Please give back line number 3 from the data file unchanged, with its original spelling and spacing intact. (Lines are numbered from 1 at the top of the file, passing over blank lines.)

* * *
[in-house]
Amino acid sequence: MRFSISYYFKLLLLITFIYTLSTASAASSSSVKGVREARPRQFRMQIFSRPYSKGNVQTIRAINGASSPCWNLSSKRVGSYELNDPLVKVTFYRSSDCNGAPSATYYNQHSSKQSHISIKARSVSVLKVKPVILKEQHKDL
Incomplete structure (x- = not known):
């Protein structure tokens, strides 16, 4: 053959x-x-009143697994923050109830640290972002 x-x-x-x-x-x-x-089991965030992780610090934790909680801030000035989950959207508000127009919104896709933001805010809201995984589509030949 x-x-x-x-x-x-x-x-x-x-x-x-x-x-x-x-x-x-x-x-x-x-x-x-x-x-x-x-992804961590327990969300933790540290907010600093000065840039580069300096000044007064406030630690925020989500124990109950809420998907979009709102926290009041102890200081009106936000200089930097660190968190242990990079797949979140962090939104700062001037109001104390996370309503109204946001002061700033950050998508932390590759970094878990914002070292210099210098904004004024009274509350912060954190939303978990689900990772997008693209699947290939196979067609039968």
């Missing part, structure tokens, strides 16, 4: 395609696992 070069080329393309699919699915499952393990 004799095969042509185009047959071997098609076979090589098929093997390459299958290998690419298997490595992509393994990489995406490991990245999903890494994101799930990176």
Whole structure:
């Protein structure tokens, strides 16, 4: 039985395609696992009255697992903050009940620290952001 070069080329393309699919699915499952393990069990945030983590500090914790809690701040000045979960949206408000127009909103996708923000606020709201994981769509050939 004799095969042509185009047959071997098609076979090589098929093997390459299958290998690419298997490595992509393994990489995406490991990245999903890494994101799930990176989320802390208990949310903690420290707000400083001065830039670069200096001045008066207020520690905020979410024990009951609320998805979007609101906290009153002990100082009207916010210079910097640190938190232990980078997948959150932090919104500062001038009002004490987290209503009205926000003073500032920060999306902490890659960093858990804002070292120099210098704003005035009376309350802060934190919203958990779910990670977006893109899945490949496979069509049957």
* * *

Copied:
Incomplete structure (x- = not known):